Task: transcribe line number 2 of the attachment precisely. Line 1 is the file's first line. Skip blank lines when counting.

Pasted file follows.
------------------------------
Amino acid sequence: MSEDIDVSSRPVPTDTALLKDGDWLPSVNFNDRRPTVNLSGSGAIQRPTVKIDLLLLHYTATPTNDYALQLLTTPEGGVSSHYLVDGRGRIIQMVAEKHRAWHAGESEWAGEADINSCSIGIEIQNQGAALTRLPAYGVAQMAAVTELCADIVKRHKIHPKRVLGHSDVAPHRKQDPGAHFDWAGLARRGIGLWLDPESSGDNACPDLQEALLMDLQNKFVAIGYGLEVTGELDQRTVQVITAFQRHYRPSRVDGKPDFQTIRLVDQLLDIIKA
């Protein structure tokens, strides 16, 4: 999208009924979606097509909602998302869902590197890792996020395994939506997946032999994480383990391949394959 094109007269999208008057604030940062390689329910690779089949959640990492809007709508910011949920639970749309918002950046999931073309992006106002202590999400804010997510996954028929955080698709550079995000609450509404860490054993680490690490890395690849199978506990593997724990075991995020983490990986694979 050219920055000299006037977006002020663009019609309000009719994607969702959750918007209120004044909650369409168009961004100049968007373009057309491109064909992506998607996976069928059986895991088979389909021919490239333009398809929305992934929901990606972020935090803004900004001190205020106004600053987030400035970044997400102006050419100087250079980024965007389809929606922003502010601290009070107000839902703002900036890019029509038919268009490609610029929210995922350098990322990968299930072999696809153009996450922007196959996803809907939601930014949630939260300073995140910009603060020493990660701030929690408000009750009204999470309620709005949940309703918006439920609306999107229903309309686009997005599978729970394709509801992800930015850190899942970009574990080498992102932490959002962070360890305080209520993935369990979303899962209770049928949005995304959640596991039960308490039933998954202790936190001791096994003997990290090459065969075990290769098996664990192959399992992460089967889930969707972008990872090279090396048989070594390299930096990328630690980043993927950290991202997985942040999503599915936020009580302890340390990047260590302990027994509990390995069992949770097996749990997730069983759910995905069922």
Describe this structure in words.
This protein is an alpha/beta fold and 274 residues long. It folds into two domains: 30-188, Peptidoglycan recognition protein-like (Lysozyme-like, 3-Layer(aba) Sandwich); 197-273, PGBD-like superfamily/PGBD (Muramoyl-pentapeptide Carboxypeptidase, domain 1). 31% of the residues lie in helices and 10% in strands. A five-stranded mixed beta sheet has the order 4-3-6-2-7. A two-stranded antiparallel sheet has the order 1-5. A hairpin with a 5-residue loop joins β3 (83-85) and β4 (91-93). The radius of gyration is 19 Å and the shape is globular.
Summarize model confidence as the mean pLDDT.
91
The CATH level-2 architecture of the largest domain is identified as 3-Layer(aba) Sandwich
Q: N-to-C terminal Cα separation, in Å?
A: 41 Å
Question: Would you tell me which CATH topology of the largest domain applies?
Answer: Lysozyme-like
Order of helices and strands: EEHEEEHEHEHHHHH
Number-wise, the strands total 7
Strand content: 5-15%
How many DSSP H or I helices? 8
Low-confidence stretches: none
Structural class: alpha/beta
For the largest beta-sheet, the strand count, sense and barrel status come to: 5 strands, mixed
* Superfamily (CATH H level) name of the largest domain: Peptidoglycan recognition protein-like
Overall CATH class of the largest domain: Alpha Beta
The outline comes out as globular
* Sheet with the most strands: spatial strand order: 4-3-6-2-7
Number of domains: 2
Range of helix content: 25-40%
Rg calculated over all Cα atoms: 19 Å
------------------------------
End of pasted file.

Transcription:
């Protein structure tokens, strides 16, 4: 999208009924979606097509909602998302869902590197890792996020395994939506997946032999994480383990391949394959 094109007269999208008057604030940062390689329910690779089949959640990492809007709508910011949920639970749309918002950046999931073309992006106002202590999400804010997510996954028929955080698709550079995000609450509404860490054993680490690490890395690849199978506990593997724990075991995020983490990986694979 050219920055000299006037977006002020663009019609309000009719994607969702959750918007209120004044909650369409168009961004100049968007373009057309491109064909992506998607996976069928059986895991088979389909021919490239333009398809929305992934929901990606972020935090803004900004001190205020106004600053987030400035970044997400102006050419100087250079980024965007389809929606922003502010601290009070107000839902703002900036890019029509038919268009490609610029929210995922350098990322990968299930072999696809153009996450922007196959996803809907939601930014949630939260300073995140910009603060020493990660701030929690408000009750009204999470309620709005949940309703918006439920609306999107229903309309686009997005599978729970394709509801992800930015850190899942970009574990080498992102932490959002962070360890305080209520993935369990979303899962209770049928949005995304959640596991039960308490039933998954202790936190001791096994003997990290090459065969075990290769098996664990192959399992992460089967889930969707972008990872090279090396048989070594390299930096990328630690980043993927950290991202997985942040999503599915936020009580302890340390990047260590302990027994509990390995069992949770097996749990997730069983759910995905069922």